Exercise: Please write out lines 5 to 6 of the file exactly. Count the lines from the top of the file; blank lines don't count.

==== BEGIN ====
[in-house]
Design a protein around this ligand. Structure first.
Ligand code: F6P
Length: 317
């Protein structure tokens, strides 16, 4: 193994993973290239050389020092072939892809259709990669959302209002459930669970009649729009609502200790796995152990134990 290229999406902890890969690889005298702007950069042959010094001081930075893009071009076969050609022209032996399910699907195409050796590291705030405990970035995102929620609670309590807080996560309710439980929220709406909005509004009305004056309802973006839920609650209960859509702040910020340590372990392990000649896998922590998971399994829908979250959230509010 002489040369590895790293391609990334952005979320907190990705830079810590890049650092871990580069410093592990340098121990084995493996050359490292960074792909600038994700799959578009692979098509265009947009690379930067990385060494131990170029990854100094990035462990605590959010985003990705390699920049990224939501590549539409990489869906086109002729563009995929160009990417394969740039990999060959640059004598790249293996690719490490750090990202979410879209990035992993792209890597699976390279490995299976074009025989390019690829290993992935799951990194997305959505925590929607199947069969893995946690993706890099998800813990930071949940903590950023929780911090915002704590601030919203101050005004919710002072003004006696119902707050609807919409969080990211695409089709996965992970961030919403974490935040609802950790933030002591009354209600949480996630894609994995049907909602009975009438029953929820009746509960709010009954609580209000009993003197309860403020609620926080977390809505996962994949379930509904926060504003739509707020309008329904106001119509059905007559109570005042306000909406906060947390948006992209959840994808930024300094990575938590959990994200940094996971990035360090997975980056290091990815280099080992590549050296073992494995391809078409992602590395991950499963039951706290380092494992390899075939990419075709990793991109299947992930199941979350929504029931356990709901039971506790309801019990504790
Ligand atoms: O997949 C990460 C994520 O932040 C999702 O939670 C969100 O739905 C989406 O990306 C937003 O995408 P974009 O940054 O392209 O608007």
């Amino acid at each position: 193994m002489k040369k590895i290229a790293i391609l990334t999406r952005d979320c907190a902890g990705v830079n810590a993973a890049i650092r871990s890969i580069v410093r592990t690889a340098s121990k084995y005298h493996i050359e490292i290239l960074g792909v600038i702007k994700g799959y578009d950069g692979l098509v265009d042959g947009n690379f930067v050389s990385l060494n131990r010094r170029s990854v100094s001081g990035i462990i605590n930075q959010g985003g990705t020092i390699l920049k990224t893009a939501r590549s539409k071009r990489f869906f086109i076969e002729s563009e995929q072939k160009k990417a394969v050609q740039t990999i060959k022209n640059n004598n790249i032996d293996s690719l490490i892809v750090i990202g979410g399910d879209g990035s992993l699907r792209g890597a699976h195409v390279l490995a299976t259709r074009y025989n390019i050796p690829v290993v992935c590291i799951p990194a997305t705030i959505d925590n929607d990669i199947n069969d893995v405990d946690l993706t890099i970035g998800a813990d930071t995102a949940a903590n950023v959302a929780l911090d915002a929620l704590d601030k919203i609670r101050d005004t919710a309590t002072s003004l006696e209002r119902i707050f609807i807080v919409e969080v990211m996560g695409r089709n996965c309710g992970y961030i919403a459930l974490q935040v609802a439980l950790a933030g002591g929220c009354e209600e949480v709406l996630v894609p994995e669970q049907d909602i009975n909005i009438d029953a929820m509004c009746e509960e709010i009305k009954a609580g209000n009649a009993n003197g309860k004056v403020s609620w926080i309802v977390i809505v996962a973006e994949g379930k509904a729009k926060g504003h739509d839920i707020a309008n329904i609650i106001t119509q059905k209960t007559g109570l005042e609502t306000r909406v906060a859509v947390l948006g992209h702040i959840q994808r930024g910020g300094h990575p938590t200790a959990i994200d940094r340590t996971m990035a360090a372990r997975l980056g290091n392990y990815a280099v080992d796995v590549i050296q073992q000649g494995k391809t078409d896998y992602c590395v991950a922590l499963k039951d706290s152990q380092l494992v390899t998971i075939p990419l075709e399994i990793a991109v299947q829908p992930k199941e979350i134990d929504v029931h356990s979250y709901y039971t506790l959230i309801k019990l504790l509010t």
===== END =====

């Protein structure tokens, strides 16, 4: 193994993973290239050389020092072939892809259709990669959302209002459930669970009649729009609502200790796995152990134990 290229999406902890890969690889005298702007950069042959010094001081930075893009071009076969050609022209032996399910699907195409050796590291705030405990970035995102929620609670309590807080996560309710439980929220709406909005509004009305004056309802973006839920609650209960859509702040910020340590372990392990000649896998922590998971399994829908979250959230509010 002489040369590895790293391609990334952005979320907190990705830079810590890049650092871990580069410093592990340098121990084995493996050359490292960074792909600038994700799959578009692979098509265009947009690379930067990385060494131990170029990854100094990035462990605590959010985003990705390699920049990224939501590549539409990489869906086109002729563009995929160009990417394969740039990999060959640059004598790249293996690719490490750090990202979410879209990035992993792209890597699976390279490995299976074009025989390019690829290993992935799951990194997305959505925590929607199947069969893995946690993706890099998800813990930071949940903590950023929780911090915002704590601030919203101050005004919710002072003004006696119902707050609807919409969080990211695409089709996965992970961030919403974490935040609802950790933030002591009354209600949480996630894609994995049907909602009975009438029953929820009746509960709010009954609580209000009993003197309860403020609620926080977390809505996962994949379930509904926060504003739509707020309008329904106001119509059905007559109570005042306000909406906060947390948006992209959840994808930024300094990575938590959990994200940094996971990035360090997975980056290091990815280099080992590549050296073992494995391809078409992602590395991950499963039951706290380092494992390899075939990419075709990793991109299947992930199941979350929504029931356990709901039971506790309801019990504790
Ligand atoms: O997949 C990460 C994520 O932040 C999702 O939670 C969100 O739905 C989406 O990306 C937003 O995408 P974009 O940054 O392209 O608007």